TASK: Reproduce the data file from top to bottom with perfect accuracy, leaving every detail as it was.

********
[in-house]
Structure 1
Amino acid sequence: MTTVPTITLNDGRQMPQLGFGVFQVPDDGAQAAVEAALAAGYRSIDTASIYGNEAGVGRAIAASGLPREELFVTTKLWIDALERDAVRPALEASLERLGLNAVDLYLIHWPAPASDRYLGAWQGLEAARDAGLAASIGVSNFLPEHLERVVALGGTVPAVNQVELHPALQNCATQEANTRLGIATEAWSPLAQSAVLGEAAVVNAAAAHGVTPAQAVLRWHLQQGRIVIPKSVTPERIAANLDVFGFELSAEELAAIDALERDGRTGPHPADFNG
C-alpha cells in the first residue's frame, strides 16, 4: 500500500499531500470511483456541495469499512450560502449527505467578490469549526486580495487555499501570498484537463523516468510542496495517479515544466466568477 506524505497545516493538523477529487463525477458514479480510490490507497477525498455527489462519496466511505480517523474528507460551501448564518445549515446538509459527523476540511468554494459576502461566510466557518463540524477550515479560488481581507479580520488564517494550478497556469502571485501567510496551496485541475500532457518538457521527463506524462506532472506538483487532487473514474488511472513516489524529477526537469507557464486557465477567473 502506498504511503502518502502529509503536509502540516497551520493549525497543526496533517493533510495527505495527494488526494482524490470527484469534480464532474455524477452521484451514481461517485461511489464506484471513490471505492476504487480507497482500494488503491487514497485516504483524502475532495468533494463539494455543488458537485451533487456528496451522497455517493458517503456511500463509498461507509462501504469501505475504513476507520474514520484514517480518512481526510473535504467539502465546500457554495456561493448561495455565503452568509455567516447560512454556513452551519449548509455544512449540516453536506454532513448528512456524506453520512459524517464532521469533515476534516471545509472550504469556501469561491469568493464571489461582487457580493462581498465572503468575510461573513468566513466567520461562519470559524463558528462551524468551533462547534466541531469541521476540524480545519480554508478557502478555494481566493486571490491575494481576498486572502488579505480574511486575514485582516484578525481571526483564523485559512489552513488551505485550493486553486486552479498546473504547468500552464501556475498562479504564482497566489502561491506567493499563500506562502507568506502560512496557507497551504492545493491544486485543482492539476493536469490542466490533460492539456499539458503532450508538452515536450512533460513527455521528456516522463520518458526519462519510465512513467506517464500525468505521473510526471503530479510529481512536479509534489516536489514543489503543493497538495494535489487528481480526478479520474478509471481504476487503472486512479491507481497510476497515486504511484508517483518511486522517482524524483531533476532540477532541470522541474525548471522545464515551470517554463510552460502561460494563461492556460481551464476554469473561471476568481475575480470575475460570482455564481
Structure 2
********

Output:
[in-house]
Structure 1
Amino acid sequence: MTTVPTITLNDGRQMPQLGFGVFQVPDDGAQAAVEAALAAGYRSIDTASIYGNEAGVGRAIAASGLPREELFVTTKLWIDALERDAVRPALEASLERLGLNAVDLYLIHWPAPASDRYLGAWQGLEAARDAGLAASIGVSNFLPEHLERVVALGGTVPAVNQVELHPALQNCATQEANTRLGIATEAWSPLAQSAVLGEAAVVNAAAAHGVTPAQAVLRWHLQQGRIVIPKSVTPERIAANLDVFGFELSAEELAAIDALERDGRTGPHPADFNG
C-alpha cells in the first residue's frame, strides 16, 4: 500500500499531500470511483456541495469499512450560502449527505467578490469549526486580495487555499501570498484537463523516468510542496495517479515544466466568477 506524505497545516493538523477529487463525477458514479480510490490507497477525498455527489462519496466511505480517523474528507460551501448564518445549515446538509459527523476540511468554494459576502461566510466557518463540524477550515479560488481581507479580520488564517494550478497556469502571485501567510496551496485541475500532457518538457521527463506524462506532472506538483487532487473514474488511472513516489524529477526537469507557464486557465477567473 502506498504511503502518502502529509503536509502540516497551520493549525497543526496533517493533510495527505495527494488526494482524490470527484469534480464532474455524477452521484451514481461517485461511489464506484471513490471505492476504487480507497482500494488503491487514497485516504483524502475532495468533494463539494455543488458537485451533487456528496451522497455517493458517503456511500463509498461507509462501504469501505475504513476507520474514520484514517480518512481526510473535504467539502465546500457554495456561493448561495455565503452568509455567516447560512454556513452551519449548509455544512449540516453536506454532513448528512456524506453520512459524517464532521469533515476534516471545509472550504469556501469561491469568493464571489461582487457580493462581498465572503468575510461573513468566513466567520461562519470559524463558528462551524468551533462547534466541531469541521476540524480545519480554508478557502478555494481566493486571490491575494481576498486572502488579505480574511486575514485582516484578525481571526483564523485559512489552513488551505485550493486553486486552479498546473504547468500552464501556475498562479504564482497566489502561491506567493499563500506562502507568506502560512496557507497551504492545493491544486485543482492539476493536469490542466490533460492539456499539458503532450508538452515536450512533460513527455521528456516522463520518458526519462519510465512513467506517464500525468505521473510526471503530479510529481512536479509534489516536489514543489503543493497538495494535489487528481480526478479520474478509471481504476487503472486512479491507481497510476497515486504511484508517483518511486522517482524524483531533476532540477532541470522541474525548471522545464515551470517554463510552460502561460494563461492556460481551464476554469473561471476568481475575480470575475460570482455564481
Structure 2